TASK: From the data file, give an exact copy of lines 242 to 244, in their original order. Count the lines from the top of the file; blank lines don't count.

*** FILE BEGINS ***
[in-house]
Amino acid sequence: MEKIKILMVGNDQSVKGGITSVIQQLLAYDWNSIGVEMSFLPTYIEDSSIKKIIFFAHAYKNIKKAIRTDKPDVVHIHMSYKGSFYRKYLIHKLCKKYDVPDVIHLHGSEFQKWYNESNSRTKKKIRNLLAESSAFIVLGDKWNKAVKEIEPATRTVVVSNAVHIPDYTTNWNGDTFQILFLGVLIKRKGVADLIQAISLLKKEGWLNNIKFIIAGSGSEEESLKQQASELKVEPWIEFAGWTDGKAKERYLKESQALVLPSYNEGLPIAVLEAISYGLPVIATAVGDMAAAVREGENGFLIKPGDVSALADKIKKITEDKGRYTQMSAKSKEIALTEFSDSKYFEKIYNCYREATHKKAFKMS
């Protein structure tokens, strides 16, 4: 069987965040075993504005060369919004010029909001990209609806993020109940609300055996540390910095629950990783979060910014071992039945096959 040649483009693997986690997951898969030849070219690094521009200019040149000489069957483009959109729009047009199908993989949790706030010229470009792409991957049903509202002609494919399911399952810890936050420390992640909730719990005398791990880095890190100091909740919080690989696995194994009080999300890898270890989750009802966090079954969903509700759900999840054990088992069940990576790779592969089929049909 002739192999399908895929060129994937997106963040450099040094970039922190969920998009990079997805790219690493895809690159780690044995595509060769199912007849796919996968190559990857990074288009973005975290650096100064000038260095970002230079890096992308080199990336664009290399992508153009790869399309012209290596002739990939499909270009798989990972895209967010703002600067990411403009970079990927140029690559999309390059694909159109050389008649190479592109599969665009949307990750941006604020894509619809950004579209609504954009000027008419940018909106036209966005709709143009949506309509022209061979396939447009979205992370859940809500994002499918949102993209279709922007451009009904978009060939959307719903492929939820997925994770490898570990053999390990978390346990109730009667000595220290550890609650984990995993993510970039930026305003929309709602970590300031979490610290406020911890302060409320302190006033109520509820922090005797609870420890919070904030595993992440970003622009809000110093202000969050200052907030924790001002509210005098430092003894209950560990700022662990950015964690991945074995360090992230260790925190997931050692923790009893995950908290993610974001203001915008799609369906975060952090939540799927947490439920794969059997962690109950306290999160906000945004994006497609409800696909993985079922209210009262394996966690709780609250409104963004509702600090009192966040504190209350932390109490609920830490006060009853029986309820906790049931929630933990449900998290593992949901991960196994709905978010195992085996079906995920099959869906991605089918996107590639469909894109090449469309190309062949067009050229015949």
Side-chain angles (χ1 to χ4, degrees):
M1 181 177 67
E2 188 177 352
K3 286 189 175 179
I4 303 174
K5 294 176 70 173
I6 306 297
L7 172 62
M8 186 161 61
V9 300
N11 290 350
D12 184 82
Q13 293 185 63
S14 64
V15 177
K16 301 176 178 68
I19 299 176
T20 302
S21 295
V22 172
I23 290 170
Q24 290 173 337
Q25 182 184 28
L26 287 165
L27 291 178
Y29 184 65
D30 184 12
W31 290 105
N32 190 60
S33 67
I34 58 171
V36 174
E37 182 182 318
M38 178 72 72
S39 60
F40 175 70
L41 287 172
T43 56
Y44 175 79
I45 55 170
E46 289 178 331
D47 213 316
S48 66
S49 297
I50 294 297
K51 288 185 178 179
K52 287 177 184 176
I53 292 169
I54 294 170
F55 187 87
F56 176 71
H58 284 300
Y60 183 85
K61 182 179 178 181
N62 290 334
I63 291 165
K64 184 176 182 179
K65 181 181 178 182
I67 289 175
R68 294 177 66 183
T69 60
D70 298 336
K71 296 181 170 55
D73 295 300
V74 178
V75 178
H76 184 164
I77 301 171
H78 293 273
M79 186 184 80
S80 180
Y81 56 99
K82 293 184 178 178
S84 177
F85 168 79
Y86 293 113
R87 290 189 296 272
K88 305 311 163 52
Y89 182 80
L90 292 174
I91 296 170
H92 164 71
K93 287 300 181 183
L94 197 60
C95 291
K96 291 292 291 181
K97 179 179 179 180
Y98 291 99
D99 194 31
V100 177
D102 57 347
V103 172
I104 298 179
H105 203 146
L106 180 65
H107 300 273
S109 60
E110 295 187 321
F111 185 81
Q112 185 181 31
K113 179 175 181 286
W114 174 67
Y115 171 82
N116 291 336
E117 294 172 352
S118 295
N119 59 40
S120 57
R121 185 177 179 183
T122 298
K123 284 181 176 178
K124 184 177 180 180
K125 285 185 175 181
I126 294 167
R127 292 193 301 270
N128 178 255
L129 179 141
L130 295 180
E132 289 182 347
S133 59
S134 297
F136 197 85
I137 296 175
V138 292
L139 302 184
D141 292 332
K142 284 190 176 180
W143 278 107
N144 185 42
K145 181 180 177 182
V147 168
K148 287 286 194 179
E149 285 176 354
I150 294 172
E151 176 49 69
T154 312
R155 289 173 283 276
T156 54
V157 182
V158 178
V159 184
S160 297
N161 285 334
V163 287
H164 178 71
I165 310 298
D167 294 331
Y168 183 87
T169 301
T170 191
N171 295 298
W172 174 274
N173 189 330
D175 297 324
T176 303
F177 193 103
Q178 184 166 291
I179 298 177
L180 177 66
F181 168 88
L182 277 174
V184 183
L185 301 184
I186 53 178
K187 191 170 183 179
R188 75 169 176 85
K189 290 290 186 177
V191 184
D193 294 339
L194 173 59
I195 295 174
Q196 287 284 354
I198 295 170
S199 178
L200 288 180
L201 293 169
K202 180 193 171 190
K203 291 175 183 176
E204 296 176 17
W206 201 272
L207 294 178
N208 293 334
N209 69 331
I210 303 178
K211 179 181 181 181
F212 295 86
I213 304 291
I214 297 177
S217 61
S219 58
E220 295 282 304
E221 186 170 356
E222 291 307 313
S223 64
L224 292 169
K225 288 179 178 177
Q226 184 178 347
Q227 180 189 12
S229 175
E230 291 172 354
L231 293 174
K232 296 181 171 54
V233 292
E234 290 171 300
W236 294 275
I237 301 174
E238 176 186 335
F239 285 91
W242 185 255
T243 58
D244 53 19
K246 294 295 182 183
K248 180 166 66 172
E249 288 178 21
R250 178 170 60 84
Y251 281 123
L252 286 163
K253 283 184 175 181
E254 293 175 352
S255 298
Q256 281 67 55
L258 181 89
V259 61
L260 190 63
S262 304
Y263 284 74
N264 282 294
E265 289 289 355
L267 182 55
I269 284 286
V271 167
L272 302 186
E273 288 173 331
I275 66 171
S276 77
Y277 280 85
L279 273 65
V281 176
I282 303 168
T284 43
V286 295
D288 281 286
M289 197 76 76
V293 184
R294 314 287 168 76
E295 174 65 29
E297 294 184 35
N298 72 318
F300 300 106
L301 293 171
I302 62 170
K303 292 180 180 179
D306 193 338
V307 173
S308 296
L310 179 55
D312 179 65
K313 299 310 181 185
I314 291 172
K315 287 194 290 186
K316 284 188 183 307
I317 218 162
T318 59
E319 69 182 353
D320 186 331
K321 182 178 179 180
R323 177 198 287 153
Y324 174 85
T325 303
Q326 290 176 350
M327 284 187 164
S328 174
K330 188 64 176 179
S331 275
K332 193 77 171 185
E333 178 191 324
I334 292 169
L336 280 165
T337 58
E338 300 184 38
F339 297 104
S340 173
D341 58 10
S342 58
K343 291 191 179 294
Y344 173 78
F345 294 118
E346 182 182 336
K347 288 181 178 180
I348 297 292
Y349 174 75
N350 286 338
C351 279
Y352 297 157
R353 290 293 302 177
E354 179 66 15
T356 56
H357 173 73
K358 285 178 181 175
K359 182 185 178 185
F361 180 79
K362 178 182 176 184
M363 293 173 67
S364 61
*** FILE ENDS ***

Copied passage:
I282 303 168
T284 43
V286 295